They concluded: “Several statistical artifacts remained resistant to analysis. Although several techniques minimized the arch effect, none of the techniques we considered here eliminated it.....Resolving the arch effect so that multiple gradients can be studied remains an important challenge for the field.”
(Justin Kuczynski , Zongzhi Liu , Catherine Lozupone , Daniel McDonald , Noah Fierer &
Rob Knight (2010) Microbial community resemblance methods differ in their ability to detect biologically relevant patterns. Nature Methods 7, 813-819 doi:10.1038/nmeth.1499 )

More recently, Gonzalez and Knight (2012; Advancing analytical algorithms and pipelines for billions of microbial sequences. Current Opinion in Biotechnology 23:64–71) say:
“Another approach that can reduce certain artifacts, such as the horseshoe effect (a pattern in which the two ends of an axis attract each other due to a shared lack of the taxa in the middle, thus obscuring the gradient pattern), is to use nonlinear methods. NMDS can better preserve the highdimensional structure with few axes in some cases, although cannot fully avoid the arch effect in realistic microbial datasets. The main differences between PCoA and NMDS are that the former is based on distances, where the final configuration should match the original distances as close as possible, and the latter is based on ranks..”

The Faith et al (2009) paper referred to earlier work based on Bray Curtis type dissimilarities and hybrid multidimensional scaling (HMDS or SSH) that overcomes the arch problem and provides a robust ordination space suitable for inferring biodiversity loss through the lens approach (and ED methods).

Identifying the robust framework for ordination of 16s data addresses one challenge, but still leaves open the challenge of practical ordination algorithms for large data sets. WG1 workers are exploring approaches that are based on the robustness of Bray Curtis type dissimilarities and hybrid multidimensional scaling - but side-step the computationally-intensive ordination and work directly with the dissimilarities in ED methods. The rationale is that, for applications of the lens approach, we do not have to look at the ordination and so can use shortcuts to calculate ED biodiversity loss scores.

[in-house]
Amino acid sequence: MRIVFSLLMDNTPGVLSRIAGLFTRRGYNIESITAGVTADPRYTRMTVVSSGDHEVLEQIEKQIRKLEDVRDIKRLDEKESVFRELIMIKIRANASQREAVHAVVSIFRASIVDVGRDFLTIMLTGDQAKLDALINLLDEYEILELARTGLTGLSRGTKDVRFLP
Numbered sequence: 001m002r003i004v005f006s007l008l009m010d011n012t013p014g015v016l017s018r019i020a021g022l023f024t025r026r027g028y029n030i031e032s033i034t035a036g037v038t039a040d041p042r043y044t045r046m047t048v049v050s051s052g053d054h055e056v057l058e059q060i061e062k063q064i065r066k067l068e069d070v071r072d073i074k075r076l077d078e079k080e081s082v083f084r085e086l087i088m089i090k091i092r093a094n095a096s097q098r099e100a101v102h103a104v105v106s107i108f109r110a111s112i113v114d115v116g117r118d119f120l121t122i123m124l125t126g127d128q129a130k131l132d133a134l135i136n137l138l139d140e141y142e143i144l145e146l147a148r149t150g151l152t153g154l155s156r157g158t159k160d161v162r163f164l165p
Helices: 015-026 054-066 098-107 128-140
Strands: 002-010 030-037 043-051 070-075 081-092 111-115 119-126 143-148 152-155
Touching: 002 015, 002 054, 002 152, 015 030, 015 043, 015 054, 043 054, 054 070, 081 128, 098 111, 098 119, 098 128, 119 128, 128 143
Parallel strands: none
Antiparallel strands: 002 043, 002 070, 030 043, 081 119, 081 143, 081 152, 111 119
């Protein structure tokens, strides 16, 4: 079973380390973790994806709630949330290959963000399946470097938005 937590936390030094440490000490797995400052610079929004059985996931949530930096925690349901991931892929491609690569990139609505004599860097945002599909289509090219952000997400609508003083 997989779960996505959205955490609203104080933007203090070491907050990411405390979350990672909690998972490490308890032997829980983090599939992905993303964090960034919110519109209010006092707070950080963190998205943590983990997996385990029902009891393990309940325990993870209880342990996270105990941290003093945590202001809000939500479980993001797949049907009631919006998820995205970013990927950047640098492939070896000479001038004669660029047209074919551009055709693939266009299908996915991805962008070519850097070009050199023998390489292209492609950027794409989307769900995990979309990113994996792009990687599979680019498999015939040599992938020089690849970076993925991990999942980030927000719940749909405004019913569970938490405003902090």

These strategies may assist GEO BON and programs such as the Earth Microbiome Project.

Recent presentations cover aspects of GEO BON.


 • The Group on Earth Observations Biodiversity Observation Network (GEO BON) Workshop on Essential Biodiversity Variables, February 2012, European Space Agency, Frascati, Italy.
• International workshop on global diversity assessment. Kyushu University, Japan Aug 2011.
• Invited talk "A range of phylogenetic tools and methods based on the PD measure" at Hennig XXX - the 2011 Meeting of the Willi Hennig Society, São José do Rio Preto, Brazil, August 2011. Symposium "Phylogenetics as a tool for Conservation" view talk
• Meeting of the Scientific Committee of bioGENESIS, a core project of DIVERSITAS, New York, June, 2011.  Meeting of the Scientific Committee of DIVERSITAS, Paris, March 2011.
• International Expert Meeting: Assessment of the Adequacy of Existing Observation Capabilities for the CBD 2020 Targets. Convened by the Group on Earth Observations Biodiversity Observation Network (GEO BON), In cooperation with the European Biodiversity Observation Network (EBONE), the Global Biodiversity Information Facility (GBIF), the International Union for Conservation of Nature (IUCN) and the United Nations Environment Program’s World Conservation Monitoring Centre (UNEP-WCMC). March 2011.

• INTERNATIONAL CONFERENCE ON BIODIVERSITY AND CLIMATE CHANGE, "Conserving biodiversity amidst climate change" February 1-3, 2011,Philippine International Convention Center. invited talk: "Global perspectives on climate change land/water use, and biodiversity: Strategies to better address overall biodiversity, including evolutionary history" DANIEL P. FAITH & ANNE-HELEN PRIUR-RICHARD (presented by Priur-Richard)

• 3rd Symposium on Long-Term Ecological and Biodiversity Research, Institute of Biology, University of the Philippines, Diliman, Quezon City, November 2010, Philippines.
• Biodiversity Indicators for Global Biodiversity Models workshop, October 2010, Cambridge, UK.

• Annual Meeting of the British Ecological Society, Leeds, U.K., September. Talk: "Indices for phylogenetic ecology based on the PD (phylogenetic diversity) measure". Also, Associate Editor Meeting for Methods in Ecology and Evolution
• Eco-Evolutionary Approaches to Understanding and Predicting the Response of Species Range to Climate Change, Kyushu University, Japan, August, 2010, talk: "Overview of GEO-BON and AP-BON"
• 95th Ecological Society of America meeting, Pittsburgh. Aug 2010. Co-organised symposium: "From Microbial to Conservation Biology: Exploring Phylogenetic Beta Diversity as a Theoretical Tool Uniting Disciplines" My talk: "Phylogenetic beta diversity as a tool in biodiversity conservation and monitoring (Daniel Faith, Simon Ferrier, Dan Rosauer)